Worldwide scientific collaborations and rapid sharing of resources and expertise, already staples of the team science approach in cancer science and medicine, also offer a framework for rapidly responding to future public health crises of this magnitude.

Mitigating the COVID-19 Impact Through Evidence-Based Policies

The COVID-19 pandemic challenged the medical research community in many ways, including through the loss of productivity because of the suspension of laboratory activities and delays in reporting results of ongoing basic and clinical research. These issues cost NIH and its grantees approximately $16 billion in research costs. NIH took many important steps to assist researchers during these challenging times, such as extending deadlines for applications, allowing delayed submission of preliminary data after grant deadlines, authorizing grants to cover salaries and stipends of scientists during laboratory closures, and extending project timelines and requirements. NIH and NCI also provided flexibility with timelines and funding, such as no-cost extensions, case-by-case administrative supplements for unanticipated costs, and extensions on some grants due to delays caused by COVID-19. However, additional funding is needed to defray the costs incurred by the pandemic and revitalize the medical research enterprise.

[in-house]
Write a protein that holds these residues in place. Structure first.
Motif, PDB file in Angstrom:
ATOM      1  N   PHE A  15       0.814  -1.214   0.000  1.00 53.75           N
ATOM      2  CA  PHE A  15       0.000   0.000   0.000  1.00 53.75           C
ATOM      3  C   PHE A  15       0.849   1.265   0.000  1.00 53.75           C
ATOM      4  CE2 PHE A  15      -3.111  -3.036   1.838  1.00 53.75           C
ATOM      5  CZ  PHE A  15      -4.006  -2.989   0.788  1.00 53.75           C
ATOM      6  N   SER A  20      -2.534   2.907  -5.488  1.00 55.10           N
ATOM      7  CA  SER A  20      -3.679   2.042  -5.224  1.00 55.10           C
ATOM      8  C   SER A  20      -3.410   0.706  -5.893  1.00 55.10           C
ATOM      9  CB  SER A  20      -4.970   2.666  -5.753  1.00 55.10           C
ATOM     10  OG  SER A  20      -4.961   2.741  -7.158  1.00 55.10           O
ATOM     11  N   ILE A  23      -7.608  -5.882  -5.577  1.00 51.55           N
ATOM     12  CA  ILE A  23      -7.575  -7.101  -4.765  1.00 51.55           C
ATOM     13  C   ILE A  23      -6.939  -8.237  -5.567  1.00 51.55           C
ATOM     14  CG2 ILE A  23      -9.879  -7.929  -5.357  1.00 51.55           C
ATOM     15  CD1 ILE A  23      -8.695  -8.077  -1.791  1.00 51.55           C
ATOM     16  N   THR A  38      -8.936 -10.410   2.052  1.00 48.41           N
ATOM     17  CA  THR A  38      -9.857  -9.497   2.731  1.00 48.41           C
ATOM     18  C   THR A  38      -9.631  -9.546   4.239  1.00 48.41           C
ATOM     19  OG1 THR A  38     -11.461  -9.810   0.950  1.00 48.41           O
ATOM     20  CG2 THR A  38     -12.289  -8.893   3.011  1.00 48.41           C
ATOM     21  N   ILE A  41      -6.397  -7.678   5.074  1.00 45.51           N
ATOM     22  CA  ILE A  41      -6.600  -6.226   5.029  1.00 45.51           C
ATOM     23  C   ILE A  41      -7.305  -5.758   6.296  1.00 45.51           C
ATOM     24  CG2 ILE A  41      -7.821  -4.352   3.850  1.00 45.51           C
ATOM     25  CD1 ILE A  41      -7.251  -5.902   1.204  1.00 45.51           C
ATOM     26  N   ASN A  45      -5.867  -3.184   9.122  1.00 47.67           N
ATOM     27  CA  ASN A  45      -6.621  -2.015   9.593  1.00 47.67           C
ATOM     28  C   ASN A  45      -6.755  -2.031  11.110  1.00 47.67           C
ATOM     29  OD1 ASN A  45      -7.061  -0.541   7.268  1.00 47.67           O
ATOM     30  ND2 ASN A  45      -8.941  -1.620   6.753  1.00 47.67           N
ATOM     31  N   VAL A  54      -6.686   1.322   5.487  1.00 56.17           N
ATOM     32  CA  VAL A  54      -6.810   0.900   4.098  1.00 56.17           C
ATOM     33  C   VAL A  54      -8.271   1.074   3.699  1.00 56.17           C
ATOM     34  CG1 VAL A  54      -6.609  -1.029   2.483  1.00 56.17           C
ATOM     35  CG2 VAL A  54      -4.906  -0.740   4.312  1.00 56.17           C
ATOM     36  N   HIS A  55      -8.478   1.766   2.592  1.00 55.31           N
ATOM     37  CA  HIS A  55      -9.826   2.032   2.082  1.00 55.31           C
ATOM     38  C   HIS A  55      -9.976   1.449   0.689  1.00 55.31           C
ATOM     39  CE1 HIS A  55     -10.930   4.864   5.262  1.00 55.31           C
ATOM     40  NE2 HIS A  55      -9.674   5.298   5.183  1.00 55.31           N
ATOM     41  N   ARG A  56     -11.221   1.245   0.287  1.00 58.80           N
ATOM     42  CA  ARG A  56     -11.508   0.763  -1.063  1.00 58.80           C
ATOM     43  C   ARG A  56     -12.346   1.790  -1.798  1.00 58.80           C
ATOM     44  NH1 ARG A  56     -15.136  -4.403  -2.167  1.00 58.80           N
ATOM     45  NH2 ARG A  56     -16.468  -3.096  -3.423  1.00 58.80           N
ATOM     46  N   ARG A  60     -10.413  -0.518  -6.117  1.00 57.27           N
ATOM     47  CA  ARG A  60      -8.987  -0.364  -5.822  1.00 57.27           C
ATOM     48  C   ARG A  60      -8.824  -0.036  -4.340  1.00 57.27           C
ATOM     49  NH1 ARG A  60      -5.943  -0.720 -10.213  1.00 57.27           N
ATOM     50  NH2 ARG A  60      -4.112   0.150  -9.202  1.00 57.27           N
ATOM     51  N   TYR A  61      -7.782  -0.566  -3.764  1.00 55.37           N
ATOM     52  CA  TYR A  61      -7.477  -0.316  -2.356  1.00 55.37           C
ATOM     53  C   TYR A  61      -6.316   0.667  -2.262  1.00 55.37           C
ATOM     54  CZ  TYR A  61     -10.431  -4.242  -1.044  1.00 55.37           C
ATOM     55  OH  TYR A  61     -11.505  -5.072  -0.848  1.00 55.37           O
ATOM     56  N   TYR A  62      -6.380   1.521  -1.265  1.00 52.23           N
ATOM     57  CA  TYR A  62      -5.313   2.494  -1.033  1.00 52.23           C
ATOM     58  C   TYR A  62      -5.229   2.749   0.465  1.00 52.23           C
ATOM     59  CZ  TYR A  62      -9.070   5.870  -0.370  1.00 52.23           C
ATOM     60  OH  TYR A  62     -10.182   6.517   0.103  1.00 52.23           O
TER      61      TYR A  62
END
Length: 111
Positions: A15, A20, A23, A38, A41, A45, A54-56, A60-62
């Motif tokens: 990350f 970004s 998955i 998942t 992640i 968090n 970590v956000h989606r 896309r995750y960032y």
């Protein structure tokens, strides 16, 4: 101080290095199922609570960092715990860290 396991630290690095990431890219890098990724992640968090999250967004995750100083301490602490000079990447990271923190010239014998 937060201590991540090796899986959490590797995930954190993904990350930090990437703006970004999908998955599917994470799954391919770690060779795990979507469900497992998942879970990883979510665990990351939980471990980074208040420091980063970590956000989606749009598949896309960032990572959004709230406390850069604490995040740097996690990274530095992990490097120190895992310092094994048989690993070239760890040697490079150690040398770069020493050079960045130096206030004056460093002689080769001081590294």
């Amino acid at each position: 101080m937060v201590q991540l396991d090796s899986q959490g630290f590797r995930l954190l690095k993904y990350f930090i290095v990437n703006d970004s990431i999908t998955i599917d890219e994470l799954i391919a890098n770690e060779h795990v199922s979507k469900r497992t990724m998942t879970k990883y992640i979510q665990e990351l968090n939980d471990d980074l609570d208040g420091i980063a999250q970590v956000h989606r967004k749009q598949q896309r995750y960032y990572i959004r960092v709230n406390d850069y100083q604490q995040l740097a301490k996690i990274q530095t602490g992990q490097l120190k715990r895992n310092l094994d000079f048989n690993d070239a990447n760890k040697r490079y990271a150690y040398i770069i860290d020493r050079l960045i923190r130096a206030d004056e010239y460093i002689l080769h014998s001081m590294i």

The COVID-19 pandemic greatly impacted the conduct of cancer clinical trials by exacerbating existing hurdles for trial participation. In response, FDA outlined voluntary flexibilities that include using telemedicine to assess outcomes and wellness; home delivery of trial medications; remote consenting; and collaborations with local clinics, imaging facilities, and laboratories. If implemented permanently, these changes could decrease costs and make participation in cancer clinical trials more equitable for all populations including those belonging to racial and ethnic minorities and other medically underserved groups.